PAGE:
Rejoicing and Mourning.

So many words flash across our television screens; so many hards going on around and within each of us. It did not just begin with ebola, enterovirus, ISIS. No. This sickness, this brokenness, has existed since the moment Eve said, “Yes” to doubt and Adam agreed. It penetrated into all of us and from that point on, all of humanity has been covered and washed in our own mess. It seems we are always saying, “What in the world is going on in our world?”; when the truth is, there is nothing new under the sun. Same story, different writing. We are covered in it; and often the more we know the more we fear. We turn off the television, stop reading the news, pretend it doesn’t exist, but eventually, it catches up to us. Eventually, the hard is no longer on the screen but in our own circle and it is then we can no longer run away.

As a little girl, I would always end my prayers with, “And, God, please be with the people of Somolia and those less fortunate than me”. I am not sure when my heart first heard of Somolia; and at that point, I am pretty sure I thought less fortunate applied to the starving; the sick. Nevertheless, my heart was always made tender to the “underdog” as I called it; the ones who seemed to have it harder than those around them. I remember seeing the obituaries and thinking to myself, “There are so many people hurting all around me. How rude of me to enjoy anything in light of others’ suffering”.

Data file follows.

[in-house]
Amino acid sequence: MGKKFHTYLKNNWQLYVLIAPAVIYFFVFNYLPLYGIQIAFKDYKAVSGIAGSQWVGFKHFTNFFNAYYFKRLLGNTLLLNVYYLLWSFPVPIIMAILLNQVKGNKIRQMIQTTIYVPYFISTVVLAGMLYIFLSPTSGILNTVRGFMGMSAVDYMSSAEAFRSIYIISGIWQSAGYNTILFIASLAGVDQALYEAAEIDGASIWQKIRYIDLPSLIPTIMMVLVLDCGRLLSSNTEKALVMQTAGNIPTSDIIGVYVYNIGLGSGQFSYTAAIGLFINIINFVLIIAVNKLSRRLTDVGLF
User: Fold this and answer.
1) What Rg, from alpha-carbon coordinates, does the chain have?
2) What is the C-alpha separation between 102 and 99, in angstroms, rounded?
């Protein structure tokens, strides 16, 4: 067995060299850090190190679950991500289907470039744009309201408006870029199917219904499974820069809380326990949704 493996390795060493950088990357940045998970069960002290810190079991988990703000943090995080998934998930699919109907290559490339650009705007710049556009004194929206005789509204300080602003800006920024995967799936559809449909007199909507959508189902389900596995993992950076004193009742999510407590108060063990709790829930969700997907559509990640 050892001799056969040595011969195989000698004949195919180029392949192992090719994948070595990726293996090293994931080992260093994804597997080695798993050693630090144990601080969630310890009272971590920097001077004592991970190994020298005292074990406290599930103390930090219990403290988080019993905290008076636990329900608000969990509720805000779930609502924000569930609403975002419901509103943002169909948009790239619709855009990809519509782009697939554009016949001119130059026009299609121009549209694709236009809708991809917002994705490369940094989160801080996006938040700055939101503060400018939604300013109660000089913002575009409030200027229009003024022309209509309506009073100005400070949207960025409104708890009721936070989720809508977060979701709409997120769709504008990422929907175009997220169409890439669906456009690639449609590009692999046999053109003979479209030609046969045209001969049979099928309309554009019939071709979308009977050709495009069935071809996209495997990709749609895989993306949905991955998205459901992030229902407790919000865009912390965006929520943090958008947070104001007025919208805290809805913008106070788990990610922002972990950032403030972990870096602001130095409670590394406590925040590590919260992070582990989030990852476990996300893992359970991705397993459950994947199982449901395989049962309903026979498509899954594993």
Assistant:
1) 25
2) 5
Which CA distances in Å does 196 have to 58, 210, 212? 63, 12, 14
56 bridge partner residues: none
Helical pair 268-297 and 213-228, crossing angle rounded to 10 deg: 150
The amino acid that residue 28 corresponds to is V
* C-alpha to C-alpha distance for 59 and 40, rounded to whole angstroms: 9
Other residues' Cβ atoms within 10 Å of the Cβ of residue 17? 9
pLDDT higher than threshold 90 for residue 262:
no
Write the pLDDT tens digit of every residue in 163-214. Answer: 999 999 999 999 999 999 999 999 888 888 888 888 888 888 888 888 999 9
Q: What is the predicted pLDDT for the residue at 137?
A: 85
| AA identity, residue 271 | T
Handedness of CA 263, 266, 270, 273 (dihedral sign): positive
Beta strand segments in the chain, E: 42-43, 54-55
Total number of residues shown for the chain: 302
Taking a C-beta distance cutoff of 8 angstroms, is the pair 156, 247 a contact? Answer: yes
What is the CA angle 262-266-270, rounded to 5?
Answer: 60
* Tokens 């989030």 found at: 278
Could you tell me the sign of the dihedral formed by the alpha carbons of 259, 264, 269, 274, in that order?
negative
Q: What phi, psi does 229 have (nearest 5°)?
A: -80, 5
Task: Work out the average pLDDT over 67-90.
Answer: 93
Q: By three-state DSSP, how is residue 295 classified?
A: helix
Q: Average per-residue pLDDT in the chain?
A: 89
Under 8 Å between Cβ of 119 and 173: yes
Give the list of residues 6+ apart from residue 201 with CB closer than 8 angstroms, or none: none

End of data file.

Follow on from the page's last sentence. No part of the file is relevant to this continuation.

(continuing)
Later on, as I was privileged to travel across the world to places like Ethiopia and Bangladesh, I wondered if these emotions would overtake me even more. I was fearful that I would see the poverty, see the sickness, and be unable to enjoy anything in my American dream life. But Jesus.


As I entered into these new cultures, I suddenly had a heart change. It was not the physically ill, the physically poor, that I should feel sorry for. No. Those that have it the hardest are the ones that are sick in the soul. Those that are hurting the most are the ones whose souls are stricken with poverty. True, the physical need was great in these places; and we wanted to meet those immediate needs as well. At the end of the day, however, the people who seemed to be the most content were not the ones who were free from suffering in this life but the ones who had hope in the One who had the power to free them for all eternity. Jesus.


The Word says it this way:

“And do not fear those who kill the body but cannot kill the soul. Rather fear Him who can destroy both soul and body in hell.”

You see, all those temporary things seemed momentous at the time; but in light of eternity, they were nothing but fading afflictions. Suddenly, it was me that I felt sorry for- the one who was going back to a place in which a handful of citizens with disease is more important than countries of dying people. A place in which people are more concerned with protecting their own castles instead of helping a neighbor rebuild their own hut. A world of distraction after distraction after distraction where busyness is our god and self is our goal. Sick souls fearful of dying bodies. This is the true outbreak that is killing the core of who we are. This is the disease we should fear.